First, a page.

The World Bank has given us source material for a lot of interesting data sets on India. The challenges are based on a few seed ideas that can be built around this data. Participants are free to explore all the links, and develop their own solutions on visualization, planning and mapping tools.
Here you will find jumping off points to several datasets, including:
Micro survey data
Climate change data
Here you will find links to data related to:
Lending/grants to public sector projects from the World Bank (IBRD, IDA)
Major contracts from Bank-supported projects (Public sector)
Private sector projects supported by IFC
India as a donor to World Bank trust funds
IBRD and IDA Projects in India: Public Sector*
Includes data on locations and results:
IFC Projects: Private Sector
IFC Investment Services projects:
IFC Advisory Services projects:
Strategy for World Bank Group in India for the Next Five Years
Provides a macro perspective of what, where, how, and why the Bank Group will invest in India:
Also includes poverty projections till 2030
1. District-level indicators base map for mapping development projects
Challenge: With the detailed district level household data available in Census 2011 (and other open data sources as they become available), there may be an interesting opportunity to create district-level base maps with indicators that correlate closely with poverty – such as households with no toilets (see example below), and plot the relevant World Bank projects, contracts etc. (in a particular sector) to visualize the granular patterns of Bank’s funding spread. This will be especially relevant for visualizing the Bank’s work (and the work of other development organizations) in the low-income and special category states* that are being targeted by the Bank in the next five years.
Special Category States
2. India’s Open Data Landscape
Challenge: India has a large, evolving open data cataloguet http://data.gov.in/catalogs/. It would be an interesting exercise to map the data dimensions, coverage, usage crossed with the Open Data Census: http://census.okfn.org/. This could perhaps also include some kind of analysis of what data published by India makes it into international sources and what data that isn’t published may also be of interest (e.g. related sub-national data or disaggregated / source data)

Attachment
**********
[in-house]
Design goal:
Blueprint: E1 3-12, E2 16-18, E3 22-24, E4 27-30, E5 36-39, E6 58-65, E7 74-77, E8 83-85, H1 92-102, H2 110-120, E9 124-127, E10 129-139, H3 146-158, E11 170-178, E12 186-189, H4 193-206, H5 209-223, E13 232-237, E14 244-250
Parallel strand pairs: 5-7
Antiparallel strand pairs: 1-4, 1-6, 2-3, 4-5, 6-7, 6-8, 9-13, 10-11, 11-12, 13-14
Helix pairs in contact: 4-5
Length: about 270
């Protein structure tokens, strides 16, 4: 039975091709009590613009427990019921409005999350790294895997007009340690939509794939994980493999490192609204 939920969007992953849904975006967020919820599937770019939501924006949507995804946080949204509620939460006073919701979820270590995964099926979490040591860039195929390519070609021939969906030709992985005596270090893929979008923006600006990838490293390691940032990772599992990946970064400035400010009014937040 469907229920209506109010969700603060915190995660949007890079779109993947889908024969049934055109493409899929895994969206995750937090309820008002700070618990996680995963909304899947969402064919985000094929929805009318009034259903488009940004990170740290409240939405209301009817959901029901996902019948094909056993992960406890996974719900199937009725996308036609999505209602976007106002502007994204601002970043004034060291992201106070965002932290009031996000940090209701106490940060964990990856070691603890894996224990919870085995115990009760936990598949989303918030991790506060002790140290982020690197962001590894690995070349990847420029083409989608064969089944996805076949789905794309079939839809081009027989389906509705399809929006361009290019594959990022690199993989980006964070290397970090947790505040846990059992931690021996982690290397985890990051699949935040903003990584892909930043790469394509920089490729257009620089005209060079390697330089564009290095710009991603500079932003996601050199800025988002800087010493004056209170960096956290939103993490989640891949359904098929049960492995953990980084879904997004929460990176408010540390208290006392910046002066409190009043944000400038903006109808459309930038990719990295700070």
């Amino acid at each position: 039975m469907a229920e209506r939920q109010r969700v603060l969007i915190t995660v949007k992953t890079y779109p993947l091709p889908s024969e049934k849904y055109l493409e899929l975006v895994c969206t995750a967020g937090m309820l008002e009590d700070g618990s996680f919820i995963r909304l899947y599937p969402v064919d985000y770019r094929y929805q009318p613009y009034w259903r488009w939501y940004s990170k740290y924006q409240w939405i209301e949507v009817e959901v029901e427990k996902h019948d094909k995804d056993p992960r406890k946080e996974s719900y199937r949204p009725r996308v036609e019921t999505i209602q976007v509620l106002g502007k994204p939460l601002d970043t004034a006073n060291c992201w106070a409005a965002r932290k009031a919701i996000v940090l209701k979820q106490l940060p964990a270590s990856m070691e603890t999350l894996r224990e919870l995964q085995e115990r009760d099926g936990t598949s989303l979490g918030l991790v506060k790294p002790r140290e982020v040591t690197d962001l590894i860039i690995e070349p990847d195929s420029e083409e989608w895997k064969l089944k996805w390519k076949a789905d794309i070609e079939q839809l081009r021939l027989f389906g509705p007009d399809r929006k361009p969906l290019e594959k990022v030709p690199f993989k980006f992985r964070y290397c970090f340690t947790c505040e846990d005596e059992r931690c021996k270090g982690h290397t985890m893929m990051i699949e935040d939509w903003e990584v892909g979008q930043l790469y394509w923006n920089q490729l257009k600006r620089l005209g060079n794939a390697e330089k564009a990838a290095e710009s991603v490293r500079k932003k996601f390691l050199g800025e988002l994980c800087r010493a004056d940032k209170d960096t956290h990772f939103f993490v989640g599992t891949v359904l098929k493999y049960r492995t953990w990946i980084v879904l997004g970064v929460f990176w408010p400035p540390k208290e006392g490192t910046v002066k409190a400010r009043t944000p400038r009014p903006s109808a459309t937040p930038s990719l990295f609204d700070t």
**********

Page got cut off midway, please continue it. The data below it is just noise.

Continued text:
3. Inspector Crowd: Local Development Data in Action
An auto-rickshaw driver outside the World Bank office in Chennai openly wondered – “They have no ATMs?”. Jokes apart, World Bank may still be a distant entity for some citizens. You read about it in the press but do you know if the road built outside your house was supported by the Bank?
Challenge: How can the World Bank data be made comprehensible for common citizen to track money related to Bank supported development projects in their local contexts: public and private sector? Simple, clean, localized UI – possibility to provide feedback on projects, contracts, and ensure that funds are being spent for the intended purposes? Can an application help mobilize citizens impacted by project in specific locations visit projects/share their feedback on contracts data?